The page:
Internal Market: Commission Recommends Limiting Auditors’ Liability
The European Commission has issued a Recommendation to limit auditors’ civil liability with the objective of promoting the market entry of auditing firms that would otherwise be deterred by the threat of unlimited liability. By encouraging new market entries, the Commission hopes that its Recommendation will protect European capital markets by ensuring that sufficient auditing capacity exists to perform statutory audits of EU-listed companies. This Recommendation is based on a mandate contained in the 2006 Directive on Statutory Audit, and reportedly also on an increasing trend of litigation and issues concerning insurance coverage in the auditing sector. Member States are free to decide on the appropriate method for limiting liability and set caps for liability if they wish.
Technology: EU to Double Investment in Robotics
The European Commission has announced that as part of its Seventh Framework Programme on Information and Communication Technologies, it will invest EUR 400 million in European robotics research by 2010 in order to ensure that Europe remains competitive with Asia and avoids strategic dependencies on other regions of the world. The Commission's investment is primarily aimed at forging stronger links between academia and industry, enabling European research labs to use industrial strength robots for large scale experiments. Viviane Reding, EU Commissioner for Information Society and Media, announced that there was a clear window of opportunity for automation industries in Europe to grow further and to move higher up the value chain. The European Commission noted that manufacturing will only be maintained in higher wage regions such as Europe through automation, which also plays a key role in ensuring sustainable production and minimising wasteful use of resources.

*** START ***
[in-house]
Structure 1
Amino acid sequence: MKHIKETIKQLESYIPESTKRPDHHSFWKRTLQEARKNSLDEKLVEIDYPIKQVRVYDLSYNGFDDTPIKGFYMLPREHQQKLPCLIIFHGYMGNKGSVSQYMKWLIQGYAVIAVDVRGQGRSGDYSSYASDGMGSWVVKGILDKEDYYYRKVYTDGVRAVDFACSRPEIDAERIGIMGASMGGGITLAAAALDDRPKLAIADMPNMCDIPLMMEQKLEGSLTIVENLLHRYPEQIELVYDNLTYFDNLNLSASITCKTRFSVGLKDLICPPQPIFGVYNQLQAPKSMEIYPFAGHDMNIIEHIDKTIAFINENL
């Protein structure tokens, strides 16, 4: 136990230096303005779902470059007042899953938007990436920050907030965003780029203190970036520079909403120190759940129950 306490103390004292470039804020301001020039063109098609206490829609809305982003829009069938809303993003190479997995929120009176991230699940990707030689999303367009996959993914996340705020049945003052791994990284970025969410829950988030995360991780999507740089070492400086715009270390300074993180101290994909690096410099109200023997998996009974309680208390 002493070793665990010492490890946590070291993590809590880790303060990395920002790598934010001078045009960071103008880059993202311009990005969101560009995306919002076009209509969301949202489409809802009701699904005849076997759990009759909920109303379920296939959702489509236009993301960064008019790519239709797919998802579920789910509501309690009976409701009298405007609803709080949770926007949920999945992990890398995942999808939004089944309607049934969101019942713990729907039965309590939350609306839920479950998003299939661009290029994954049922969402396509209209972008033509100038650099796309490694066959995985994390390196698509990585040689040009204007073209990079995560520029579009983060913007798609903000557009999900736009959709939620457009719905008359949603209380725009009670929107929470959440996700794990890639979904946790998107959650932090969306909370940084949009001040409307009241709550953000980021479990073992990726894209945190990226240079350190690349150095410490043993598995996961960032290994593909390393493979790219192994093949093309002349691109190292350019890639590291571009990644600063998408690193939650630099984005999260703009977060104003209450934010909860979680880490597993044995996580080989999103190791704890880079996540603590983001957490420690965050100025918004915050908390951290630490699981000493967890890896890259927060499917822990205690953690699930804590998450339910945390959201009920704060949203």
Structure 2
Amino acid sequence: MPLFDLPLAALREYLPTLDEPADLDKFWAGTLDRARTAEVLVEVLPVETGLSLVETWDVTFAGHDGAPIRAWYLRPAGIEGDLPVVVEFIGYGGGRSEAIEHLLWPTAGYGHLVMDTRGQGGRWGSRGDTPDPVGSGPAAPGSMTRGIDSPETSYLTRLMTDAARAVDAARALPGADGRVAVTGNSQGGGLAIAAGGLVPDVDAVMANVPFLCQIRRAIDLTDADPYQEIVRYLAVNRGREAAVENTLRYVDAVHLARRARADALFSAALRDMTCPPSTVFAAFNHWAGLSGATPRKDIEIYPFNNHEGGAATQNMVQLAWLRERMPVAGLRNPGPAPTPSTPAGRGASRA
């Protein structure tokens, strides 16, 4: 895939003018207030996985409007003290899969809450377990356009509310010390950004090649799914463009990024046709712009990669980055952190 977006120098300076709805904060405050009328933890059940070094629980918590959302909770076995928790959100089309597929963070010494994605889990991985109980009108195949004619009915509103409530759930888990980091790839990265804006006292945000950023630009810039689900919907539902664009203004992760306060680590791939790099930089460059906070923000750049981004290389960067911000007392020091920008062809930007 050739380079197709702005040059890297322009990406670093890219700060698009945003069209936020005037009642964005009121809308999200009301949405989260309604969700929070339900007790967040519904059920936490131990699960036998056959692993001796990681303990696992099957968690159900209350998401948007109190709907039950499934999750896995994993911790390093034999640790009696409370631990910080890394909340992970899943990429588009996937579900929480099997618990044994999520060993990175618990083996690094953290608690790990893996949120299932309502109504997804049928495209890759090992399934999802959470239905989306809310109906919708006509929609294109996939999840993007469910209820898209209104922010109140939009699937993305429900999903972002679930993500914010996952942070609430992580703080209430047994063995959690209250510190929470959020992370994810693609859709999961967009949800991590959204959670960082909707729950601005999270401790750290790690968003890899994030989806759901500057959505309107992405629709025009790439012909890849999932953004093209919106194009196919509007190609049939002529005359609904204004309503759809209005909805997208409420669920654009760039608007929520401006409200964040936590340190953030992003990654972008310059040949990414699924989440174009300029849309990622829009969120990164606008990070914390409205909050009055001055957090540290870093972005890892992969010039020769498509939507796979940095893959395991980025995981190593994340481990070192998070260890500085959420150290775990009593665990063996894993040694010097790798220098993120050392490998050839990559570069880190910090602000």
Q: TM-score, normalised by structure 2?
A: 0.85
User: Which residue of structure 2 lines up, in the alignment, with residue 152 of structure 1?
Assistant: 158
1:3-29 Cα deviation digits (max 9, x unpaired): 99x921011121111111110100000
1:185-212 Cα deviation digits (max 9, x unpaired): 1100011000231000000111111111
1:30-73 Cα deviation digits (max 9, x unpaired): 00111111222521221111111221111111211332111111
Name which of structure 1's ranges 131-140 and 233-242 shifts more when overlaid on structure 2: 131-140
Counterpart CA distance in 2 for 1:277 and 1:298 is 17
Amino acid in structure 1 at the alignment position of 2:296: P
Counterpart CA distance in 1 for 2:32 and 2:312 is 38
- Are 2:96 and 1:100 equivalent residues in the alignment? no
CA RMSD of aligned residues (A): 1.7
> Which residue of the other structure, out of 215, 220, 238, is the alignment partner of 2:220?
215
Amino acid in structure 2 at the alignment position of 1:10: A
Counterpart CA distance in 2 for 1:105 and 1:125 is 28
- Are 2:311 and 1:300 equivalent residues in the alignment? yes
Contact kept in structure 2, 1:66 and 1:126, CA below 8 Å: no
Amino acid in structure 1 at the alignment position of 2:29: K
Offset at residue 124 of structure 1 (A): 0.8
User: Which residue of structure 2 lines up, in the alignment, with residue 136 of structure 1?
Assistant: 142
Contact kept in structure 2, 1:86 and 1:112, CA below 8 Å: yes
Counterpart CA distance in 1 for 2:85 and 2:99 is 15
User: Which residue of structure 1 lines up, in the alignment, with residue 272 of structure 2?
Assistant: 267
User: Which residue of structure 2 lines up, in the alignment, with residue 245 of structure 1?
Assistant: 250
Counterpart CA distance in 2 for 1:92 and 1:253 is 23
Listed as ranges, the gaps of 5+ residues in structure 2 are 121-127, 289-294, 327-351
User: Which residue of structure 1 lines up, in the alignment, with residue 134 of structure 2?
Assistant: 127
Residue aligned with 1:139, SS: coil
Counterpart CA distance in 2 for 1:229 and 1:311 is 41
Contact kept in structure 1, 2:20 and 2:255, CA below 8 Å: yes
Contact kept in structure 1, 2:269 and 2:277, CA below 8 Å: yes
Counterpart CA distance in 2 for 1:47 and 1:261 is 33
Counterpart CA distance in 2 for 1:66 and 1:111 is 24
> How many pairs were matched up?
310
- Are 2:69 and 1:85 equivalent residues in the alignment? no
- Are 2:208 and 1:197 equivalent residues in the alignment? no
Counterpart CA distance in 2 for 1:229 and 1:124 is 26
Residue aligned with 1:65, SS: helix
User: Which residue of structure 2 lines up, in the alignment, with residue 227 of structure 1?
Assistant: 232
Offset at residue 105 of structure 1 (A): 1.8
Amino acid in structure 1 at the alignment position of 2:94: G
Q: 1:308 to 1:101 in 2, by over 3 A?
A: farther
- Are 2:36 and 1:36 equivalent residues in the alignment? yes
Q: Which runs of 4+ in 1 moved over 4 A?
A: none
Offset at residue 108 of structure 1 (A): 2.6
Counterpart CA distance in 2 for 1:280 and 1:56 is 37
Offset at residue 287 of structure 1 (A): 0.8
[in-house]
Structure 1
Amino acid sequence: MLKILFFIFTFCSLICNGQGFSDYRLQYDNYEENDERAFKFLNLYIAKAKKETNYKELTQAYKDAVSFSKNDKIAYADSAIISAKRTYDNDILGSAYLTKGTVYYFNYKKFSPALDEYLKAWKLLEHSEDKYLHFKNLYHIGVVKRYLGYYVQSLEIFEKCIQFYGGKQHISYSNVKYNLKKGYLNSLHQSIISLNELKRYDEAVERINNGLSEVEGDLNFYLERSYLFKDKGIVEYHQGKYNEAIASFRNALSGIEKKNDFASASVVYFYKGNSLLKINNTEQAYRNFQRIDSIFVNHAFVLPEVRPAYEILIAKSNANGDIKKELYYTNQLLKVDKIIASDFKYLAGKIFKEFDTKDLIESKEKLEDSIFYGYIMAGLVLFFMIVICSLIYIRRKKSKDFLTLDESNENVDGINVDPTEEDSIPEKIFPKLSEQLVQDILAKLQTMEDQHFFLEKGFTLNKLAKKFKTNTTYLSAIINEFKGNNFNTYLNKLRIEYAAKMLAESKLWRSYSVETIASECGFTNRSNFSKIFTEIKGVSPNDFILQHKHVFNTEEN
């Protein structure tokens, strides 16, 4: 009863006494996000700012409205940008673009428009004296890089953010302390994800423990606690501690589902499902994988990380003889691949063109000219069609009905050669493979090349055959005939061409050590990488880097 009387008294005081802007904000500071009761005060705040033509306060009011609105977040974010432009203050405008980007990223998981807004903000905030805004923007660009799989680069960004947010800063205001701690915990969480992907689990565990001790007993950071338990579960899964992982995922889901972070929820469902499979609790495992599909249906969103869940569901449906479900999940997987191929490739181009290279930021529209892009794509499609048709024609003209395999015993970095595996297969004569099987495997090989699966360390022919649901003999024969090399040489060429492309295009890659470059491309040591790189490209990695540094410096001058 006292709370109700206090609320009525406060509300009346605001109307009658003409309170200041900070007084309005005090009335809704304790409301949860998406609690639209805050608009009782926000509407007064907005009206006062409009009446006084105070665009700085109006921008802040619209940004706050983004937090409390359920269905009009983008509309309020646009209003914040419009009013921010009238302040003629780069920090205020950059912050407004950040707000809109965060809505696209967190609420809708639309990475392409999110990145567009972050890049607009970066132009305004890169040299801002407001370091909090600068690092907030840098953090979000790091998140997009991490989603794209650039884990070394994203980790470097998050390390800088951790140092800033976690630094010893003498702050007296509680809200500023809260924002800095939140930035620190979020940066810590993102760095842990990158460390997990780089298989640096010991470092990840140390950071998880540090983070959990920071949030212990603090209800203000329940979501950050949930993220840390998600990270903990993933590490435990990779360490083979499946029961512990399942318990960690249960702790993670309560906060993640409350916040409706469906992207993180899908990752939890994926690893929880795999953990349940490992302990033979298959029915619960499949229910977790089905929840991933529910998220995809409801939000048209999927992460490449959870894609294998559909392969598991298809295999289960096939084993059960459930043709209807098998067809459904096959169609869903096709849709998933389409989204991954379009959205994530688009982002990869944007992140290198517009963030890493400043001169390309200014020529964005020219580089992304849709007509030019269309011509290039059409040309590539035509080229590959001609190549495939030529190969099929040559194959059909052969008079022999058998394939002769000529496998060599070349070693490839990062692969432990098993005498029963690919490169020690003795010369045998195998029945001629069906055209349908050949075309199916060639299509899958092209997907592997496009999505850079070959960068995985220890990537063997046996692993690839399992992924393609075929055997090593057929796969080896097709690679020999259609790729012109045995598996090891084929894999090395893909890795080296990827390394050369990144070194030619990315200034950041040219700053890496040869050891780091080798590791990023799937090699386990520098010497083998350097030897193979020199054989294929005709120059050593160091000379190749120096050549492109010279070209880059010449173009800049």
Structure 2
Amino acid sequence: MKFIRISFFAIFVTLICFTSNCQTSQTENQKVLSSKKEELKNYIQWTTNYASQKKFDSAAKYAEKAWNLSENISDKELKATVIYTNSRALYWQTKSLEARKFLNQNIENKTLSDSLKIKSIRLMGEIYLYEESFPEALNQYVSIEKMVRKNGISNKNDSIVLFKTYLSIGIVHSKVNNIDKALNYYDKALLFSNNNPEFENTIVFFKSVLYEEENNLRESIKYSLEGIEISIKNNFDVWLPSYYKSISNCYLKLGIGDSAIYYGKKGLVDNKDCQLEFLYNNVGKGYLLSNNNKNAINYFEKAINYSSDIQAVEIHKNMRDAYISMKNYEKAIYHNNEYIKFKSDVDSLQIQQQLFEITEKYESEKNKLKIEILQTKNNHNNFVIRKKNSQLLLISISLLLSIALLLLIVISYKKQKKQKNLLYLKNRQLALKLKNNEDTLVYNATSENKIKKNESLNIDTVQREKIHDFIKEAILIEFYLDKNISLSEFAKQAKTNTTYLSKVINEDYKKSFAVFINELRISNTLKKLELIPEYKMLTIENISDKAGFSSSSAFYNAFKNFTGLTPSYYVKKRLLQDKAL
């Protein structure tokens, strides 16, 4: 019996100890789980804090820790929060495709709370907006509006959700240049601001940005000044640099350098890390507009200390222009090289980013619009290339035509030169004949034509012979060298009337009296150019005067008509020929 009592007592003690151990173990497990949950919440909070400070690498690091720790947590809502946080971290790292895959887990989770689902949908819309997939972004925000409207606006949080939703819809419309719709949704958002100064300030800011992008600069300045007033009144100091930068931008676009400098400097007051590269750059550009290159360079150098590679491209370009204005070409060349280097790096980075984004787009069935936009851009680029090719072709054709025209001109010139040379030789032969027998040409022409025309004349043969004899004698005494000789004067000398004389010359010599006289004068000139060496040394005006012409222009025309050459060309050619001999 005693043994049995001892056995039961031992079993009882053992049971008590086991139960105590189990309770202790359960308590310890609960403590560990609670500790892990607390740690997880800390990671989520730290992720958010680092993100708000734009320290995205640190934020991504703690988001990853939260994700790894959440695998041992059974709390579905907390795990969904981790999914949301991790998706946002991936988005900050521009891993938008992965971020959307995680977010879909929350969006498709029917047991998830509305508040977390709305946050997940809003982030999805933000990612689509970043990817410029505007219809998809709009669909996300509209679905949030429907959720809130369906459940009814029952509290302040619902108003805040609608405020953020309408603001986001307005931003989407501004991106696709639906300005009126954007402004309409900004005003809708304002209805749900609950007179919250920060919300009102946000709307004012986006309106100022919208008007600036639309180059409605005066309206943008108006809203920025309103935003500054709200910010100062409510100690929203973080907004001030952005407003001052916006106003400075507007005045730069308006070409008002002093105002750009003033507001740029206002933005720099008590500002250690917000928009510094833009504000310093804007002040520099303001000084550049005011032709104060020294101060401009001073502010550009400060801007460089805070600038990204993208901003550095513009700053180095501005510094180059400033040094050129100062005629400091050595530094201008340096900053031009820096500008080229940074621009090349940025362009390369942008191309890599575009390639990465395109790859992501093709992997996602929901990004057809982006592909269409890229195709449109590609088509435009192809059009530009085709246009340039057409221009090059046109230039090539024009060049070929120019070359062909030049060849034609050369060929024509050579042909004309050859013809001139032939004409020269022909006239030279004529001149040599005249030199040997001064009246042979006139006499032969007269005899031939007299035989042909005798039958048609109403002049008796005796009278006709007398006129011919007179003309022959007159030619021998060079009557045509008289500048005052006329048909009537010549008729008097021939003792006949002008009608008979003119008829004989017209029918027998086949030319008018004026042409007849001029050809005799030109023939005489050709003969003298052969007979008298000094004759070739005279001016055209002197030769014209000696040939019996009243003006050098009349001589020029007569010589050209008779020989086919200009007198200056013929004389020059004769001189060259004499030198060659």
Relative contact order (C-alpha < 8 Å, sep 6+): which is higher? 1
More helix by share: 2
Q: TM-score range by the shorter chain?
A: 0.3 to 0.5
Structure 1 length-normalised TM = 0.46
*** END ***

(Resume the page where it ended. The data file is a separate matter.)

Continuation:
Social and Labour Law: Agreement Reached on Directives for Workers’ Rights
The Employment and Social Affairs Council, following a meeting in Luxembourg on 10 June 2008, has adopted a Common Position on both the Working Time Directive and the Temporary Agency Workers Directive. The agreement on the Working Time Directive only became possible after Spain and other countries overcame objections to an opt-out that allows an increase in the weekly cap to 60 working hours. A distinction was also drawn between “active” and “inactive” on-call time, allowing greater flexibility for doctors struggling to keep average weekly working hours below the agreed limit. Agreement on the Temporary Agency Workers Directive was reached after, inter alia, Member States were given the option of derogating from the requirement of equal treatment as of day one for temporary agency workers in terms of pay, maternity leave and annual leave. The Council Common Positions will now be sent to the European Parliament for a second opinion. If they are passed, they will return to the Council of Ministers for a second round of approvals, at which stage they will become EU Law.
NEXT WEEK’S EVENTS
Monday 16 June – Friday 20 June 2008
European Council (19 – 20 June 2008)
General Affairs and External Relations Council (16 – 17 June 2008)
COURT OF JUSTICE
C-454/06 Pressetext Nachrichtenagentur
Environment and consumers
C-219/07 Nationale Raad van Dierenkwekers en Liefhebbers and Andibel
Freedom to provide services
C-319/06 Commission v Luxembourg
C-220/07 Commission v France
C-39/06 Commission v Germany
Approximation of laws
C-306/07 Ruben Andersen
C-291/07 Kollektivavtalsstiftelsen TRR Trygghetsrådet
COURT OF FIRST INSTANCE
T-410/03 Hoechst v Commission
T-93/06 Mülhens v OHMI - Spa Monopole (MINERAL SPA)
T-420/03 El Corte Inglés v OHMI - Abril Sánchez and Ricote Saugar (BOOMERANG)
T-175/06 Coca-Cola v OHMI - San Polo (MEZZOPANE)